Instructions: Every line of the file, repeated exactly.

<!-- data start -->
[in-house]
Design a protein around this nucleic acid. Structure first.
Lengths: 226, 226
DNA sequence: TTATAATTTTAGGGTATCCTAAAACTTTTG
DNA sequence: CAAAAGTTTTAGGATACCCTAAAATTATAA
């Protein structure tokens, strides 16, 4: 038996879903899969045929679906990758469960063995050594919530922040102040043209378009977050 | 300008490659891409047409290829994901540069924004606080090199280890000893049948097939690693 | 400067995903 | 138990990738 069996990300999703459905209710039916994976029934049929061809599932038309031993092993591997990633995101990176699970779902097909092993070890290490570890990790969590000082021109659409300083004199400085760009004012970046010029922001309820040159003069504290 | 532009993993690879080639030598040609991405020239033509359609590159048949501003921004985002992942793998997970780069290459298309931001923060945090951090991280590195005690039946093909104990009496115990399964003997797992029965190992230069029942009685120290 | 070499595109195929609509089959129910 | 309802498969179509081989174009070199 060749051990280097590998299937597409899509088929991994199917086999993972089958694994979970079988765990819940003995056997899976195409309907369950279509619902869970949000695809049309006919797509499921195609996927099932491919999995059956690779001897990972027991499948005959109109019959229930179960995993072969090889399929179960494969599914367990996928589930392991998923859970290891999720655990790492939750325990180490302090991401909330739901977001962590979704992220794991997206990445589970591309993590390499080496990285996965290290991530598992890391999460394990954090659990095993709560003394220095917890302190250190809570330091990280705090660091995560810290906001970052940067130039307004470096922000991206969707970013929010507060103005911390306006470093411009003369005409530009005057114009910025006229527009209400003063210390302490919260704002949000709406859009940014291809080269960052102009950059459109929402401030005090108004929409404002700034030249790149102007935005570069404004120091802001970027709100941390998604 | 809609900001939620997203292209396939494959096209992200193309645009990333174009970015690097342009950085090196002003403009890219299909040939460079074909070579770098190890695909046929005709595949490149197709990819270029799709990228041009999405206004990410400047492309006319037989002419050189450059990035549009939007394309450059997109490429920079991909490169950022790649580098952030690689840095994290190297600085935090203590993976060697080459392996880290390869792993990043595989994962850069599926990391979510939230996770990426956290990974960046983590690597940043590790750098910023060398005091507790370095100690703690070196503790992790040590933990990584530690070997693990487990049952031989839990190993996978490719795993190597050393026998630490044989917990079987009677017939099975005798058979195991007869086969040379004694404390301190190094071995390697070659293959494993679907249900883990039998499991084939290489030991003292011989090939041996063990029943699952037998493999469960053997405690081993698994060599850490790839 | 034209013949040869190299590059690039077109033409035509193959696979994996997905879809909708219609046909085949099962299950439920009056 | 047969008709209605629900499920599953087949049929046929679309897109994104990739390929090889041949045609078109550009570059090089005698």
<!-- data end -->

[in-house]
Design a protein around this nucleic acid. Structure first.
Lengths: 226, 226
DNA sequence: TTATAATTTTAGGGTATCCTAAAACTTTTG
DNA sequence: CAAAAGTTTTAGGATACCCTAAAATTATAA
């Protein structure tokens, strides 16, 4: 038996879903899969045929679906990758469960063995050594919530922040102040043209378009977050 | 300008490659891409047409290829994901540069924004606080090199280890000893049948097939690693 | 400067995903 | 138990990738 069996990300999703459905209710039916994976029934049929061809599932038309031993092993591997990633995101990176699970779902097909092993070890290490570890990790969590000082021109659409300083004199400085760009004012970046010029922001309820040159003069504290 | 532009993993690879080639030598040609991405020239033509359609590159048949501003921004985002992942793998997970780069290459298309931001923060945090951090991280590195005690039946093909104990009496115990399964003997797992029965190992230069029942009685120290 | 070499595109195929609509089959129910 | 309802498969179509081989174009070199 060749051990280097590998299937597409899509088929991994199917086999993972089958694994979970079988765990819940003995056997899976195409309907369950279509619902869970949000695809049309006919797509499921195609996927099932491919999995059956690779001897990972027991499948005959109109019959229930179960995993072969090889399929179960494969599914367990996928589930392991998923859970290891999720655990790492939750325990180490302090991401909330739901977001962590979704992220794991997206990445589970591309993590390499080496990285996965290290991530598992890391999460394990954090659990095993709560003394220095917890302190250190809570330091990280705090660091995560810290906001970052940067130039307004470096922000991206969707970013929010507060103005911390306006470093411009003369005409530009005057114009910025006229527009209400003063210390302490919260704002949000709406859009940014291809080269960052102009950059459109929402401030005090108004929409404002700034030249790149102007935005570069404004120091802001970027709100941390998604 | 809609900001939620997203292209396939494959096209992200193309645009990333174009970015690097342009950085090196002003403009890219299909040939460079074909070579770098190890695909046929005709595949490149197709990819270029799709990228041009999405206004990410400047492309006319037989002419050189450059990035549009939007394309450059997109490429920079991909490169950022790649580098952030690689840095994290190297600085935090203590993976060697080459392996880290390869792993990043595989994962850069599926990391979510939230996770990426956290990974960046983590690597940043590790750098910023060398005091507790370095100690703690070196503790992790040590933990990584530690070997693990487990049952031989839990190993996978490719795993190597050393026998630490044989917990079987009677017939099975005798058979195991007869086969040379004694404390301190190094071995390697070659293959494993679907249900883990039998499991084939290489030991003292011989090939041996063990029943699952037998493999469960053997405690081993698994060599850490790839 | 034209013949040869190299590059690039077109033409035509193959696979994996997905879809909708219609046909085949099962299950439920009056 | 047969008709209605629900499920599953087949049929046929679309897109994104990739390929090889041949045609078109550009570059090089005698």